The inability of democratic countries to make rational decisions in the face of impending fiscal disaster gives us another glimpse into the effects of the empty shrine and its inability to nurture and form men and women of democratic virtue—citizens capable of moral and economic responsibility in both their personal and public lives. Whether the venue is Athens or Madison, Wisconsin, the Piazza Venezia in Rome or McPherson Square in Washington, the underlying moral problem is the same: adults who have internalized a sense of entitlement that is wholly disconnected from a sense of responsibility. And once again, it was Lord Sacks who connected the dots here when he wrote that the moral meltdown of the West—the attempt to build a civilization disconnected from the deep truths on which it was founded—had had inevitable economic and financial outcomes: “What has happened morally in the West is what has happened financially as well….[as] people were persuaded that you could spend more than you earn, incur debt at unprecedented levels, and consume the world’s resources without thinking about who will pay the bill and when.” These linked phenomena—”spending our moral capital with the same reckless abandon that we have been spending our financial capital”—are, Sacks concluded, the inevitable result of a “culture of the free lunch in a world where there are no free lunches.”
At the moment, the gravest examples of the moral-cultural disease that is eating away at the vitals of the Western democracies may be found in places like Greece and Italy. There, public irrationality and political irresponsibility have rendered the democratic system so dysfunctional that, under the pressure of the sovereign-debt crisis, the normal processes of democratic governance have been replaced in recent months by the rule of technocratic elites, operating beneath a thin democratic veneer.
But Americans would be foolish if we did not see glimpses of the effects of the empty shrine in our own country. Those results come into view when we note the distinct absence of profiles in courage in our own politics; when entry into public service is essentially a projection of personal ego and self-esteem; when the crude exchange of epithets displaces serious engagement with the issues; when complexities are reduced to sound bites because the talk-radio show must go on; when short-term political risk aversion leads to grave long-term consequences; when trans-generational solidarity is abandoned in the name of immediate gratification; when the question becomes, “What can I get out of the state (and its treasury)?” not “What am I contributing to the common good?”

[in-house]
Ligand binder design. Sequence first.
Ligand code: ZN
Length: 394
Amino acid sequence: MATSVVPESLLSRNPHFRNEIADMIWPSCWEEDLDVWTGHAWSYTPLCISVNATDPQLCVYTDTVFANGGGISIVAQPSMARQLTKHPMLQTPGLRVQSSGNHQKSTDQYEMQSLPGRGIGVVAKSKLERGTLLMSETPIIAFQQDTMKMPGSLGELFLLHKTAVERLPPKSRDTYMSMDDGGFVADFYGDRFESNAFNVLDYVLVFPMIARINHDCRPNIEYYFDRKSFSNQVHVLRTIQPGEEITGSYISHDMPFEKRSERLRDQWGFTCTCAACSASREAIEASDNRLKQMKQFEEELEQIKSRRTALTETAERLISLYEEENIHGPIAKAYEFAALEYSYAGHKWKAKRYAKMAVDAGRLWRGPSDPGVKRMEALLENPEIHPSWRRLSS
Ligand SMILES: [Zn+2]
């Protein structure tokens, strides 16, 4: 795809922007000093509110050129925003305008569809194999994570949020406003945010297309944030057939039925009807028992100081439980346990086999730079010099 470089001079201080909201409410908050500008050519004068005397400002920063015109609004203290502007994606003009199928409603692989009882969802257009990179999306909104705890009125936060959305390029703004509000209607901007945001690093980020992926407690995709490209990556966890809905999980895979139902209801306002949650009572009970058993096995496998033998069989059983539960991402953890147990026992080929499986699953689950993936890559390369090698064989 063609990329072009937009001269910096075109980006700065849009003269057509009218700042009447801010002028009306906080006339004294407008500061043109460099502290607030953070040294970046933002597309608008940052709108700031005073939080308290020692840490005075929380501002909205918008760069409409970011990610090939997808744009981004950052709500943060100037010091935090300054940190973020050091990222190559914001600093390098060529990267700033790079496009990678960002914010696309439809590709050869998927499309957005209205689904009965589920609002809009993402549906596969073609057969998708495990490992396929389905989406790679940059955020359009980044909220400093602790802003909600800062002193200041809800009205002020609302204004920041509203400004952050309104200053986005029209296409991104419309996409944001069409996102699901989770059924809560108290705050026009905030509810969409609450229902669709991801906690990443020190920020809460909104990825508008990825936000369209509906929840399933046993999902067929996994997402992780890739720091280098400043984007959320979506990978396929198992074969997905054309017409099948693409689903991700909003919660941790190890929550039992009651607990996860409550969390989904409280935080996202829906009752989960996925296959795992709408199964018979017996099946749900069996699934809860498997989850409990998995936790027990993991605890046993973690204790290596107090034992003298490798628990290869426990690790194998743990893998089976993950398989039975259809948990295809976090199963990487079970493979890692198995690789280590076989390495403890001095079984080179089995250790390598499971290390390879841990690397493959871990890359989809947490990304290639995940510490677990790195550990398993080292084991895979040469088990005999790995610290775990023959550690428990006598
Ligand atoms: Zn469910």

What these symptoms of democratic dysfunction suggest is that the empty shrine of the secularist project is not, in truth, entirely empty. For while it is true that the atheistic humanism of the 19th century and the democratic functionalism and economic libertarianism of the 20thhave drained a lot of the moral energy from both free politics and free economics, the shrine at the heart of Western civilization has become the temple of a new form of worship: the worship of the imperial autonomous Self, which, in 1992, three justices of the U.S. Supreme Court promoted and celebrated as “the right to define one’s own concept of existence, of meaning, of the universe, and of the mystery of human life.”
That false worship of the Self—the worship of that which is not worthy of worship—has led to a severe attenuation of the moral sinews of democratic culture: the commitment to reason and truth-telling in debate; the courage to face hard facts squarely; the willingness to concede that others may have something to teach us; the ability to distinguish between prudent compromise and the abandonment of principle; the very idea of the common good, which may demand personal sacrifice.
If “the handwriting on the wall” is telling us that the secular project is over, then one of the lessons of that verdict can be put like this: While there are undoubtedly serious functional problems with Western institutions of governance in the early 21st century, the greatest deficit from which the Western democracies suffer today is a deficit of democratic culture. And a primary cause of that deficit has been the profligate spending-out of the moral-cultural capital built up in the West under the influence of Biblical religion.